AndrewPritchard

New project, new tool?

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I am soon to start work on an entry seat (similar to the hall tree in the guild, but my own design). It will feature some pretty large floating panels, which will need smoothing before finishes is applied. Until now I've been using power sanders, but I've heard about the virtues of scrapers (in particular how little dust they produce), and I was wondering if this would be a good project to cut my teeth on, so to speak.

I was looking at the slightly bewildering options on Lee Valley, and feel I could with some advice. I will need to scrape the large wide floating panels, the smaller upright legs and the bevels of the floating panels. I've settled on a flatter profile for the floating panels than the ogee my current router bit set produces.

I was looking at this set from Lee Valley:

http://www.leevalley.com/en/wood/page.aspx?cat=1,310&p=61448

Is this all I'm going to need?

I hope that I won't need to use them to do a lot of stock removal - the hope is that the panels will already be flat and pretty smooth already.

Are there any trusted resources available which discuss hook angles? 

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7 minutes ago, AndrewPritchard said:

Are there any trusted resources available which discuss hook angles? 

Marc has a video on this on his free site. 

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Andrew, buying that “set” would be money poorly spent. The components are all good, but they are not all necessary, and it may be misleading to assume that all you need is this set and you will produce great results. What is missing is the skill/technique to prepare a cabinet scraper (which is the correct term for a card scraper).

In a nutshell, you need a simple rectangle of steel, the card, and this is available for about $10 from many places (I like supporting LV, as they offer great service, but they are not the only game in town if you have other, closer, cheaper sources). This piece of steel is really basic, nothing special.

Then you need to create a flat surface, and then turn a hook on the edge. Do you have a fine diamond stone (600/1200 grit) or sandpaper glued to glass?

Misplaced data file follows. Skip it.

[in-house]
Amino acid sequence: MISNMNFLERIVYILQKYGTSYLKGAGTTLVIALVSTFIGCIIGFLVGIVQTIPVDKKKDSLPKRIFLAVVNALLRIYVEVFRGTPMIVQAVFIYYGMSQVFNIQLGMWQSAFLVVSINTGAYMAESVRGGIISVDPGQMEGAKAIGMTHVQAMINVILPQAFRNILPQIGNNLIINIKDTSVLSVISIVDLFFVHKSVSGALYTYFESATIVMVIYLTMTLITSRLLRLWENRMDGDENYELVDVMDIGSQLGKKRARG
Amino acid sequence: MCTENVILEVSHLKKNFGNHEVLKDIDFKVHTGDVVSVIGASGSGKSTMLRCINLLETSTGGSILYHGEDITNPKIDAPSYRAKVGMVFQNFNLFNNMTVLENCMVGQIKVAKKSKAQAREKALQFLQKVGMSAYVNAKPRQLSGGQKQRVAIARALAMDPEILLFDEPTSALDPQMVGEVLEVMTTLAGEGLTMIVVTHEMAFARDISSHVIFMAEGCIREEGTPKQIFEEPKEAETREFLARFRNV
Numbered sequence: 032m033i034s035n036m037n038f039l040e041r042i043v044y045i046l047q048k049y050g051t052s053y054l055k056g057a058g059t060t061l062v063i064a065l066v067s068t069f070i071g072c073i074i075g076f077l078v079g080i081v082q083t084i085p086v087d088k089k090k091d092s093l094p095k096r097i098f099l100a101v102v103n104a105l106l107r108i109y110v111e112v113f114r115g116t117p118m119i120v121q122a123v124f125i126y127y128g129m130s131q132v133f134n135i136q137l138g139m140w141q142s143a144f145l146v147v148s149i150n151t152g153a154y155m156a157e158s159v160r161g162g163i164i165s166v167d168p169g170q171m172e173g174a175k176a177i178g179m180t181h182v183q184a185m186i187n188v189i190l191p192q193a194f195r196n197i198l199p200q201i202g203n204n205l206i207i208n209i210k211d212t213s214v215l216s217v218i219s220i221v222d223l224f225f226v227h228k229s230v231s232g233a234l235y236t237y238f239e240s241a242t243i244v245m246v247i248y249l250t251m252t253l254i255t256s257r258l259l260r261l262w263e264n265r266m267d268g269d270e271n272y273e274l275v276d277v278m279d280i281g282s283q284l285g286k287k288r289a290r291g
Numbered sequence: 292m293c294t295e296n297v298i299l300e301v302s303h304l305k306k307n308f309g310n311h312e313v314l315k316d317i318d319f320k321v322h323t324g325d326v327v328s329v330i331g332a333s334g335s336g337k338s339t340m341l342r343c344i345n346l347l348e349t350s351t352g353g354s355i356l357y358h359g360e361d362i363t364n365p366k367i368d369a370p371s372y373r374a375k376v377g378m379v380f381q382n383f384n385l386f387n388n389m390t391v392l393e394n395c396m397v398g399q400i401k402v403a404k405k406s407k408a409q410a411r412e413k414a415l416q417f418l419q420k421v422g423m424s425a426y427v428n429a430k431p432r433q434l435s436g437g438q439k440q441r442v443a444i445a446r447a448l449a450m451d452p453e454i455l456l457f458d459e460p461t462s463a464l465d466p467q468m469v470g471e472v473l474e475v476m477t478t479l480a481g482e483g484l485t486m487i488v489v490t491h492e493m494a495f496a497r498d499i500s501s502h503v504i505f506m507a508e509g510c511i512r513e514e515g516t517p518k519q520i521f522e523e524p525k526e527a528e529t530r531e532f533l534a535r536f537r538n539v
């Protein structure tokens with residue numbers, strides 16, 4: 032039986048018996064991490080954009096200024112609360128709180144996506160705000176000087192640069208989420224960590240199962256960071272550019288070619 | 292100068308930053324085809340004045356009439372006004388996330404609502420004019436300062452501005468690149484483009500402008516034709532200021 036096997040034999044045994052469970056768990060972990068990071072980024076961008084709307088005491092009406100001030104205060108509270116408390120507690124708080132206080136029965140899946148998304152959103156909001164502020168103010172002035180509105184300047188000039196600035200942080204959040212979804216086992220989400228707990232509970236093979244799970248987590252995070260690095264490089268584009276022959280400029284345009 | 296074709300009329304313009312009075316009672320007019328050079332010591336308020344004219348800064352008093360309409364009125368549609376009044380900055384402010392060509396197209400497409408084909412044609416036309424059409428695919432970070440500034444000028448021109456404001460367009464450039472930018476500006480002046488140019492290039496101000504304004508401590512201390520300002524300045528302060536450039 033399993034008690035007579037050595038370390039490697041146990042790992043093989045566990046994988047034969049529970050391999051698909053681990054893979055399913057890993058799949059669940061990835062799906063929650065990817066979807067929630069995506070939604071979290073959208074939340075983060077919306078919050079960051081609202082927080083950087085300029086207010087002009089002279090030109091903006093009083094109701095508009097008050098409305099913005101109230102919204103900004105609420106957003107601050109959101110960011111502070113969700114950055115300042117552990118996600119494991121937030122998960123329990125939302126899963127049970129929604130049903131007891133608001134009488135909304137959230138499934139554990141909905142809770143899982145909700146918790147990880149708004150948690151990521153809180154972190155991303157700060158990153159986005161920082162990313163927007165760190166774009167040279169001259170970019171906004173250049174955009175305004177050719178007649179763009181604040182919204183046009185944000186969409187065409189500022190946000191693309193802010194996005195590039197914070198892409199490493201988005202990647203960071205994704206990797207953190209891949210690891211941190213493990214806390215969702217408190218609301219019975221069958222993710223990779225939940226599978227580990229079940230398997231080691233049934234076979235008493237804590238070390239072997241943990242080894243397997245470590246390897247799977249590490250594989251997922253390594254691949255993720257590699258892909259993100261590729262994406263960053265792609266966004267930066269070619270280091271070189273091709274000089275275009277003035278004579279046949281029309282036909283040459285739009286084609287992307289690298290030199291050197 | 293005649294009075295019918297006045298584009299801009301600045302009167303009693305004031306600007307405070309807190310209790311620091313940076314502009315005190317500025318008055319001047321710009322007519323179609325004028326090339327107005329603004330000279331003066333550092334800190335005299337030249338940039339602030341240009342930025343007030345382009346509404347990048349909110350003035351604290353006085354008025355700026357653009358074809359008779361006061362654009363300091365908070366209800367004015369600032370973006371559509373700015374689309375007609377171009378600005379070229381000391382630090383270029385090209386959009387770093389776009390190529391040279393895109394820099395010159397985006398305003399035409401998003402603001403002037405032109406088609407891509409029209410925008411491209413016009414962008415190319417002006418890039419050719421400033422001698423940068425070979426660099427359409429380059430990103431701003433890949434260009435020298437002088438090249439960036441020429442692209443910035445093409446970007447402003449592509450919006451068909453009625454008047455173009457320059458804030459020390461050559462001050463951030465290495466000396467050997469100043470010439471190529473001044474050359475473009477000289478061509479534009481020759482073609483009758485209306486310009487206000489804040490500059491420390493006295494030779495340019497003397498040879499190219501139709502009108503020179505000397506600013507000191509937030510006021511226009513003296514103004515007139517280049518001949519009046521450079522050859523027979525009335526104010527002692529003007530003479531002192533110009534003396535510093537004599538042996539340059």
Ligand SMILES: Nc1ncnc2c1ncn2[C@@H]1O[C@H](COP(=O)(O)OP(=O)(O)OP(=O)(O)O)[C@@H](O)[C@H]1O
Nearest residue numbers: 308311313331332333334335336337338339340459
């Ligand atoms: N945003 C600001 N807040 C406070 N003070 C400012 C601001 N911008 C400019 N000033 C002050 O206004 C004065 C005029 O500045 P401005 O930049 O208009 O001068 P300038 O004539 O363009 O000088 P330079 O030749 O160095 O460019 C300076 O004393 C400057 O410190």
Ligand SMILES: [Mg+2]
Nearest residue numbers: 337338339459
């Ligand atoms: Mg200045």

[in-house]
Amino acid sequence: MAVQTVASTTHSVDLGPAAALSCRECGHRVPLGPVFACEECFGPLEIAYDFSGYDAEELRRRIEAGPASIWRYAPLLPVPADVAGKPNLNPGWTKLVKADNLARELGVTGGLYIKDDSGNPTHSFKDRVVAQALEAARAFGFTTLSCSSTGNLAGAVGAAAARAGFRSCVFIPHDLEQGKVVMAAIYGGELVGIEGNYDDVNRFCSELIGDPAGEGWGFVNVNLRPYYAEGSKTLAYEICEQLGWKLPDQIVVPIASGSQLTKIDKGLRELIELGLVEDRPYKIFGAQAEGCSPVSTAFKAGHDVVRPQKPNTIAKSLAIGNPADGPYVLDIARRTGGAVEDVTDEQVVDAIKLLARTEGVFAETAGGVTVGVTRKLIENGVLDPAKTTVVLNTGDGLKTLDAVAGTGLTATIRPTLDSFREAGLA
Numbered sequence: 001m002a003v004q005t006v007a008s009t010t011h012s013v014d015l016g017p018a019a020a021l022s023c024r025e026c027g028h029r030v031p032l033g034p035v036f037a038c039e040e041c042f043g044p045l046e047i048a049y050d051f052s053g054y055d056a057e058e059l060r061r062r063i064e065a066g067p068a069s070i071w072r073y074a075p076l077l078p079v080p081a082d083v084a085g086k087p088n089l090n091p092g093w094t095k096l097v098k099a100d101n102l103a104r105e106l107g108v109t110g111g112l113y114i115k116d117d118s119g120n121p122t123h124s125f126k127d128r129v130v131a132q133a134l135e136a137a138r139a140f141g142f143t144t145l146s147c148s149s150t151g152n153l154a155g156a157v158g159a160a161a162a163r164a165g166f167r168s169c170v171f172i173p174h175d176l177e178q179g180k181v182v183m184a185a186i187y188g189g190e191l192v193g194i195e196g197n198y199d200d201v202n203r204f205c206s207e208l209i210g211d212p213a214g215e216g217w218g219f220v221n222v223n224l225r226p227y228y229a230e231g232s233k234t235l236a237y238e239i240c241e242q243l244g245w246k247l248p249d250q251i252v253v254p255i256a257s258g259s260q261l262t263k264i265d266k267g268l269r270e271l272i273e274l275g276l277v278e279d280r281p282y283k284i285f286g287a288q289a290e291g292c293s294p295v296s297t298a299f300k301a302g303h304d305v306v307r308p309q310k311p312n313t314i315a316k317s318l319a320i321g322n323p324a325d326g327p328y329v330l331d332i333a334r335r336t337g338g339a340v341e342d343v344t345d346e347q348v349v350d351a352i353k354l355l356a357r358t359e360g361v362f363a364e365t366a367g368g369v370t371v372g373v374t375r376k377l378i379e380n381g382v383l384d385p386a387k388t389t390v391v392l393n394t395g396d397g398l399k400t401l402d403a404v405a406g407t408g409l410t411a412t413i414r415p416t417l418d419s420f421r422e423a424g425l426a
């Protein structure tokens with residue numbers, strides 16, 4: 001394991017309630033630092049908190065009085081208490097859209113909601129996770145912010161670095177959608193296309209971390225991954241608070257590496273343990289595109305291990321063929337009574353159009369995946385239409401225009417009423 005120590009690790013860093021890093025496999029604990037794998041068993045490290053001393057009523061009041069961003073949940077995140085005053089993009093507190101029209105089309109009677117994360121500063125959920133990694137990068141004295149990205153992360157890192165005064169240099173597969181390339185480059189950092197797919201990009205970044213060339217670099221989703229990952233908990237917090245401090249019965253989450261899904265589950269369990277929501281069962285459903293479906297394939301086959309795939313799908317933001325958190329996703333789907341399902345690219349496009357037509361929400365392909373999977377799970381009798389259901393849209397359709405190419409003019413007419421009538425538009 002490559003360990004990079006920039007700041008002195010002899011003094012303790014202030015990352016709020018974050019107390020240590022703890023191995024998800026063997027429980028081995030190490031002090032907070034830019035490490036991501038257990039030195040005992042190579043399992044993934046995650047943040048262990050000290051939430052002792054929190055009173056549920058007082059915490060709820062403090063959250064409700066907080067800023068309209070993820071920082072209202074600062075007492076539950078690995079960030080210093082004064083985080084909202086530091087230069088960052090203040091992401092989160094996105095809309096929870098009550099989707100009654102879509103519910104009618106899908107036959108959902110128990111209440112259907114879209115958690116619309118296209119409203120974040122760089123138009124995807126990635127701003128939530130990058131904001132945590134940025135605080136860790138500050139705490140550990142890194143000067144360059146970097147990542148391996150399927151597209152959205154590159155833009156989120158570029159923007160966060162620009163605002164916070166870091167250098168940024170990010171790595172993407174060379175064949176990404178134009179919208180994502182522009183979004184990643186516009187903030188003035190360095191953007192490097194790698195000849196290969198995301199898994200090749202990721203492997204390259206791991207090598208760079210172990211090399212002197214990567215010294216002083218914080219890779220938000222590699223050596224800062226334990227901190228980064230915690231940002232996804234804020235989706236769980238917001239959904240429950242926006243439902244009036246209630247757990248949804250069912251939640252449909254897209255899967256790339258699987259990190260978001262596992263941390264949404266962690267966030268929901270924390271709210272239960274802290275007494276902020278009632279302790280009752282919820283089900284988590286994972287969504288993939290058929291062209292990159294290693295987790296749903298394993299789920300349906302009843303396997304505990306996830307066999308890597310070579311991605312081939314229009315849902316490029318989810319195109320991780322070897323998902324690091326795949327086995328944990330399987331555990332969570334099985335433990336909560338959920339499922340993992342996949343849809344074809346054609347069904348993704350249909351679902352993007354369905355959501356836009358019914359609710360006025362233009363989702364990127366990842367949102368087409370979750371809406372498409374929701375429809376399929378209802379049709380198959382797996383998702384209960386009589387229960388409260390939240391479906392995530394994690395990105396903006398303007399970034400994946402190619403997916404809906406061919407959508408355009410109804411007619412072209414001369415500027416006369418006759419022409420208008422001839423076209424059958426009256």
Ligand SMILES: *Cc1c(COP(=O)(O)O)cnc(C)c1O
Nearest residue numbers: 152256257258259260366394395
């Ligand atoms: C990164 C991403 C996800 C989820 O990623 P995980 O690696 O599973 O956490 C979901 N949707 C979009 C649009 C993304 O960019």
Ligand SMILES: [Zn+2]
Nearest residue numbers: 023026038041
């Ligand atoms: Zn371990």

The hook needs a burnisher, not a screwdriver shaft. But you can use any smooth piece of hardened steel. I like carbide rods.

Here is a pictorial on using these to sharpen:

http://www.inthewoodshop.com/WoodworkTechniques/FoolproofSharpeningOfCard(Cabinet)Scraper.html

Regards from Perth

Derek

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I have a granite block, which is milled flat I used to use to sharpen before I got my Worksharp 3000. 

I have seen people using steel from old table saw blades, though I am not opposed to spending money to get a better result.

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7 minutes ago, AndrewPritchard said:

I have a granite block, which is milled flat I used to use to sharpen before I got my Worksharp 3000. 

I have seen people using steel from old table saw blades, though I am not opposed to spending money to get a better result.

Table saw plates are super thick for this use. It is far more common to use old gents handsaws or some quality steel that is already close to the thickness of a card scraper. Heavy blades can work for some tasks, but a lot of the fine control is in the ability to flex the plate so that the curve focuses you a bit more, aiding with find control. 

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I'm really only using this as a replacement for sanding, so a finer scraper would be more what I'm looking for I guess.

There seem to be a number of thicknesses commercially available. Do they matter? Do they matter given my level of skill? (ie none).

Do the dimensions, height and width make a difference?

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Skill...scrapers are rather simple tools. Setting the card for your work is the only tricky bit, and videos on the topic abound. Usage can be figured out in twenty minutes of practice. There is another thing I forgot to mention. If you cannot flex the plate, you run the risk of corners digging in and leaving tracks. In that regard, a thinner plate might be easier to start with. However, not all possess the hand strength in the muscles used. Fatigue could set in. Some of those holding devices might give you some relief in the short term. That just depends on how much you plan to use the tool right away. 

My two cents. My background is carpentry, so tool use comes easily. Design is where I need take pause. 

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The easiest of all scrapers to use is the thick one I show in my link (above).

1-zpspr2v0uh1.jpg

Stewmac sell their version:  https://www.stewmac.com/Luthier_Tools/Types_of_Tools/Scrapers/StewMac_Ultimate_Scraper.html

They also sell scraper blades and a burnisher: https://www.stewmac.com/SiteSearch/?search=scraper

If you have a thick scraper, simply grind the corners away. Lost Art Press are selling a curved scraper which is designed not to need bending - easier on the fingers, and note that this is for chair seats.

There are sanders and then there are Sanders. :) I use two that I will recommend:

They are both by Mirka and use Abranet mesh. This aids is dust collection, as well as lasting a long time. Both are connected to a vacuum cleaner (I use a Festool CT26E).

The first is a hand sander (yes, no power) ...

FinishingTheDrawers_html_6237eaad.jpg

The other is a Ceros - very light and nimble (replaced by the Deros now) ..

M4.jpg

Regards from Perth

Derek

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